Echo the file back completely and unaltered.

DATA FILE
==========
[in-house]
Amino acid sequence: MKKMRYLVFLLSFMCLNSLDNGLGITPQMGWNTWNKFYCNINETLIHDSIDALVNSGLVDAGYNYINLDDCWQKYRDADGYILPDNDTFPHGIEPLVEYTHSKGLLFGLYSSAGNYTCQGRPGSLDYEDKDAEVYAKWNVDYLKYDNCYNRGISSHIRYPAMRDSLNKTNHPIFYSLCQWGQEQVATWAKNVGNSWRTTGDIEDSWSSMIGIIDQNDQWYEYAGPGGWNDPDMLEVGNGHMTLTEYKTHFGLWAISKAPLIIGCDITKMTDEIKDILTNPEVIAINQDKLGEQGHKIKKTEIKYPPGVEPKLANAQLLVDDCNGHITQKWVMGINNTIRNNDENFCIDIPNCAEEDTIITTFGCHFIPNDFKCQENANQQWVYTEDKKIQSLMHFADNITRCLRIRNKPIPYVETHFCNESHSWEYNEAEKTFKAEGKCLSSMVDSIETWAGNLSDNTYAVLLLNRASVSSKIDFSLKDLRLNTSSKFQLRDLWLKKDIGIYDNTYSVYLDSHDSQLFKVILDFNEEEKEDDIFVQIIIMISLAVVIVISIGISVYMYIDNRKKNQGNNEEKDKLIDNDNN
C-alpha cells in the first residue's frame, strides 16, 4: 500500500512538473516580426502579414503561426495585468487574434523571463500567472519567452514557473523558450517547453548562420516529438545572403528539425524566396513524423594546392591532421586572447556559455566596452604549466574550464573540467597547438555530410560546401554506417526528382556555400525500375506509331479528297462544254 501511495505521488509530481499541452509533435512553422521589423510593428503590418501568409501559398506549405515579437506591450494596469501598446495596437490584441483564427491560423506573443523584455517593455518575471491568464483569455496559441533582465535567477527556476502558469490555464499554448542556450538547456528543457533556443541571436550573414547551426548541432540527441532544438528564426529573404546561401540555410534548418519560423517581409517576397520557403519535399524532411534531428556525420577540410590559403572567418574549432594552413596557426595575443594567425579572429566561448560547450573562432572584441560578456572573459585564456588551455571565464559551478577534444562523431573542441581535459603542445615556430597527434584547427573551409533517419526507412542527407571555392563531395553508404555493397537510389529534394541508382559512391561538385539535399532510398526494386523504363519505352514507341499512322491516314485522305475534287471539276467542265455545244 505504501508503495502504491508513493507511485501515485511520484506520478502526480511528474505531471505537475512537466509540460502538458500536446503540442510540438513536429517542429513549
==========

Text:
[in-house]
Amino acid sequence: MKKMRYLVFLLSFMCLNSLDNGLGITPQMGWNTWNKFYCNINETLIHDSIDALVNSGLVDAGYNYINLDDCWQKYRDADGYILPDNDTFPHGIEPLVEYTHSKGLLFGLYSSAGNYTCQGRPGSLDYEDKDAEVYAKWNVDYLKYDNCYNRGISSHIRYPAMRDSLNKTNHPIFYSLCQWGQEQVATWAKNVGNSWRTTGDIEDSWSSMIGIIDQNDQWYEYAGPGGWNDPDMLEVGNGHMTLTEYKTHFGLWAISKAPLIIGCDITKMTDEIKDILTNPEVIAINQDKLGEQGHKIKKTEIKYPPGVEPKLANAQLLVDDCNGHITQKWVMGINNTIRNNDENFCIDIPNCAEEDTIITTFGCHFIPNDFKCQENANQQWVYTEDKKIQSLMHFADNITRCLRIRNKPIPYVETHFCNESHSWEYNEAEKTFKAEGKCLSSMVDSIETWAGNLSDNTYAVLLLNRASVSSKIDFSLKDLRLNTSSKFQLRDLWLKKDIGIYDNTYSVYLDSHDSQLFKVILDFNEEEKEDDIFVQIIIMISLAVVIVISIGISVYMYIDNRKKNQGNNEEKDKLIDNDNN
C-alpha cells in the first residue's frame, strides 16, 4: 500500500512538473516580426502579414503561426495585468487574434523571463500567472519567452514557473523558450517547453548562420516529438545572403528539425524566396513524423594546392591532421586572447556559455566596452604549466574550464573540467597547438555530410560546401554506417526528382556555400525500375506509331479528297462544254 501511495505521488509530481499541452509533435512553422521589423510593428503590418501568409501559398506549405515579437506591450494596469501598446495596437490584441483564427491560423506573443523584455517593455518575471491568464483569455496559441533582465535567477527556476502558469490555464499554448542556450538547456528543457533556443541571436550573414547551426548541432540527441532544438528564426529573404546561401540555410534548418519560423517581409517576397520557403519535399524532411534531428556525420577540410590559403572567418574549432594552413596557426595575443594567425579572429566561448560547450573562432572584441560578456572573459585564456588551455571565464559551478577534444562523431573542441581535459603542445615556430597527434584547427573551409533517419526507412542527407571555392563531395553508404555493397537510389529534394541508382559512391561538385539535399532510398526494386523504363519505352514507341499512322491516314485522305475534287471539276467542265455545244 505504501508503495502504491508513493507511485501515485511520484506520478502526480511528474505531471505537475512537466509540460502538458500536446503540442510540438513536429517542429513549